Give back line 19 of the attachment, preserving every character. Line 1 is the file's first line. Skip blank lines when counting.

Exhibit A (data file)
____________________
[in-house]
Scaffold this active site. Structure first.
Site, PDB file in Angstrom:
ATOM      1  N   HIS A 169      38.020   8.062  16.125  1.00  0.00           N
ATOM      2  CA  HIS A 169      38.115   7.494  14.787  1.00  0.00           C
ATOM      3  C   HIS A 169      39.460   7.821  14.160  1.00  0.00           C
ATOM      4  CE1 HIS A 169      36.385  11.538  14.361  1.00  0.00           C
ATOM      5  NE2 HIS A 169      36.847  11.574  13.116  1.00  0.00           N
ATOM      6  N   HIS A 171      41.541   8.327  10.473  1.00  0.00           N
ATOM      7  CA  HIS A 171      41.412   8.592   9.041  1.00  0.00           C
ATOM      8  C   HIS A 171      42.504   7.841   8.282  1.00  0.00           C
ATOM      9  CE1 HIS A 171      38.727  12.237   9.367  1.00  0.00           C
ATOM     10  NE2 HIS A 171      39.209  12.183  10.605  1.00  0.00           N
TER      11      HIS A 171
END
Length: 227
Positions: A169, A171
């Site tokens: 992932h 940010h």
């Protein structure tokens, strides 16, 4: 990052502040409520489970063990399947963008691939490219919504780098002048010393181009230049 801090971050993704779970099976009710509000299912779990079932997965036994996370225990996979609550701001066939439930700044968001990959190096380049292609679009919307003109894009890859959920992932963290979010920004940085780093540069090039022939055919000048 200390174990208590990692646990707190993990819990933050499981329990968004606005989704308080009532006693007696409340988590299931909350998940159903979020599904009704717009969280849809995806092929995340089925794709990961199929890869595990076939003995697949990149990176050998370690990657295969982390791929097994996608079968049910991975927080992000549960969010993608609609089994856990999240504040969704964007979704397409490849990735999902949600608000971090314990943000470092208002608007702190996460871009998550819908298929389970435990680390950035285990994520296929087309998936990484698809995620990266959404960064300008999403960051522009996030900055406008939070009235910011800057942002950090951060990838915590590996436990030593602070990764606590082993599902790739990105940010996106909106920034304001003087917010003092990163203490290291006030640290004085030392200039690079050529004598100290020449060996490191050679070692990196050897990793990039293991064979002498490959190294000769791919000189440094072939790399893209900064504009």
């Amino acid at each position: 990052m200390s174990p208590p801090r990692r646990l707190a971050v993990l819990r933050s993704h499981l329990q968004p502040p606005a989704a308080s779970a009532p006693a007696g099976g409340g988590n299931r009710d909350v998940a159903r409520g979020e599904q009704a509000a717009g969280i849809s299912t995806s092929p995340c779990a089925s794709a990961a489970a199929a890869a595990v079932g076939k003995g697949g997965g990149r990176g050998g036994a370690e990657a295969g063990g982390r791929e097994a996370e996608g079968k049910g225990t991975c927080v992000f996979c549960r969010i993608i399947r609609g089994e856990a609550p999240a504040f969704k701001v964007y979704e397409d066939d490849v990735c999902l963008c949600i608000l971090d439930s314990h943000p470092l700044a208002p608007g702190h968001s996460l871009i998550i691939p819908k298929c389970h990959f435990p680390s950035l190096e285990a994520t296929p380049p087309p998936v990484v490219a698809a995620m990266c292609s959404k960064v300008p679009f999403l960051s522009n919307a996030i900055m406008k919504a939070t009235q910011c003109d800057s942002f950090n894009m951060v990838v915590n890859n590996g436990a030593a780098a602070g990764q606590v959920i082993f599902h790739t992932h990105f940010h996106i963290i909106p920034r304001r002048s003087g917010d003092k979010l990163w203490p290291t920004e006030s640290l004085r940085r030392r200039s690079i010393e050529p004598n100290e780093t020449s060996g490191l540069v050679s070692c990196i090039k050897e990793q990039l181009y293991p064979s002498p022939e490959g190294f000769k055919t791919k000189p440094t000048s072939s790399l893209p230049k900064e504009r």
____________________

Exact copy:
């Protein structure tokens, strides 16, 4: 990052502040409520489970063990399947963008691939490219919504780098002048010393181009230049 801090971050993704779970099976009710509000299912779990079932997965036994996370225990996979609550701001066939439930700044968001990959190096380049292609679009919307003109894009890859959920992932963290979010920004940085780093540069090039022939055919000048 200390174990208590990692646990707190993990819990933050499981329990968004606005989704308080009532006693007696409340988590299931909350998940159903979020599904009704717009969280849809995806092929995340089925794709990961199929890869595990076939003995697949990149990176050998370690990657295969982390791929097994996608079968049910991975927080992000549960969010993608609609089994856990999240504040969704964007979704397409490849990735999902949600608000971090314990943000470092208002608007702190996460871009998550819908298929389970435990680390950035285990994520296929087309998936990484698809995620990266959404960064300008999403960051522009996030900055406008939070009235910011800057942002950090951060990838915590590996436990030593602070990764606590082993599902790739990105940010996106909106920034304001003087917010003092990163203490290291006030640290004085030392200039690079050529004598100290020449060996490191050679070692990196050897990793990039293991064979002498490959190294000769791919000189440094072939790399893209900064504009």